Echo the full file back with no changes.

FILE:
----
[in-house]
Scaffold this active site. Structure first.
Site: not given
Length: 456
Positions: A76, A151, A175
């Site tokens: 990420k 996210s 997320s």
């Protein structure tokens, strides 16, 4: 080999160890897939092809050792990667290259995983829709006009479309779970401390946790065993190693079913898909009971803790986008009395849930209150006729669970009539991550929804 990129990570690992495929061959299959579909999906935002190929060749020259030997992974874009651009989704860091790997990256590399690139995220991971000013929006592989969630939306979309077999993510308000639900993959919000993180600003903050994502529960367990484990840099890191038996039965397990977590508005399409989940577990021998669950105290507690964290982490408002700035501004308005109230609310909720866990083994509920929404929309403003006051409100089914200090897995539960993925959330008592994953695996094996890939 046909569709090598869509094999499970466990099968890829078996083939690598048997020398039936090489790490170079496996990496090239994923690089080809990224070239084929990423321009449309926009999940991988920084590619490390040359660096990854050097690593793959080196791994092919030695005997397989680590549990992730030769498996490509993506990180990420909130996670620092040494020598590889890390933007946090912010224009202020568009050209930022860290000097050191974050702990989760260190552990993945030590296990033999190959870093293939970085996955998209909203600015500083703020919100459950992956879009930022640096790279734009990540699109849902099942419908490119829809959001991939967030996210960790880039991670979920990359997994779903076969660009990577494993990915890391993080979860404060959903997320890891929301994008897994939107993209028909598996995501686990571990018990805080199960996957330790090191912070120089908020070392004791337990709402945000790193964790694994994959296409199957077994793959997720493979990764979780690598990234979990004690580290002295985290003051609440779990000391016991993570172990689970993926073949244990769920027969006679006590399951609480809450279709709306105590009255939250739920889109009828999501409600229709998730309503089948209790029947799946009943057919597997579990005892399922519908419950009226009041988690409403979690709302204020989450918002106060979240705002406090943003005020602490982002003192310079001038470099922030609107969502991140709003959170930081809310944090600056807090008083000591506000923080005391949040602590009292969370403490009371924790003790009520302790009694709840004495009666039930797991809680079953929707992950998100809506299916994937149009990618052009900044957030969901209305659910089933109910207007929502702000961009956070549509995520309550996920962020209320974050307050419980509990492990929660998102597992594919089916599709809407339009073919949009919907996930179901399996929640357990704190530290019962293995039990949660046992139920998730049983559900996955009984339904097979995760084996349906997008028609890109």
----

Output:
[in-house]
Scaffold this active site. Structure first.
Site: not given
Length: 456
Positions: A76, A151, A175
């Site tokens: 990420k 996210s 997320s």
């Protein structure tokens, strides 16, 4: 080999160890897939092809050792990667290259995983829709006009479309779970401390946790065993190693079913898909009971803790986008009395849930209150006729669970009539991550929804 990129990570690992495929061959299959579909999906935002190929060749020259030997992974874009651009989704860091790997990256590399690139995220991971000013929006592989969630939306979309077999993510308000639900993959919000993180600003903050994502529960367990484990840099890191038996039965397990977590508005399409989940577990021998669950105290507690964290982490408002700035501004308005109230609310909720866990083994509920929404929309403003006051409100089914200090897995539960993925959330008592994953695996094996890939 046909569709090598869509094999499970466990099968890829078996083939690598048997020398039936090489790490170079496996990496090239994923690089080809990224070239084929990423321009449309926009999940991988920084590619490390040359660096990854050097690593793959080196791994092919030695005997397989680590549990992730030769498996490509993506990180990420909130996670620092040494020598590889890390933007946090912010224009202020568009050209930022860290000097050191974050702990989760260190552990993945030590296990033999190959870093293939970085996955998209909203600015500083703020919100459950992956879009930022640096790279734009990540699109849902099942419908490119829809959001991939967030996210960790880039991670979920990359997994779903076969660009990577494993990915890391993080979860404060959903997320890891929301994008897994939107993209028909598996995501686990571990018990805080199960996957330790090191912070120089908020070392004791337990709402945000790193964790694994994959296409199957077994793959997720493979990764979780690598990234979990004690580290002295985290003051609440779990000391016991993570172990689970993926073949244990769920027969006679006590399951609480809450279709709306105590009255939250739920889109009828999501409600229709998730309503089948209790029947799946009943057919597997579990005892399922519908419950009226009041988690409403979690709302204020989450918002106060979240705002406090943003005020602490982002003192310079001038470099922030609107969502991140709003959170930081809310944090600056807090008083000591506000923080005391949040602590009292969370403490009371924790003790009520302790009694709840004495009666039930797991809680079953929707992950998100809506299916994937149009990618052009900044957030969901209305659910089933109910207007929502702000961009956070549509995520309550996920962020209320974050307050419980509990492990929660998102597992594919089916599709809407339009073919949009919907996930179901399996929640357990704190530290019962293995039990949660046992139920998730049983559900996955009984339904097979995760084996349906997008028609890109």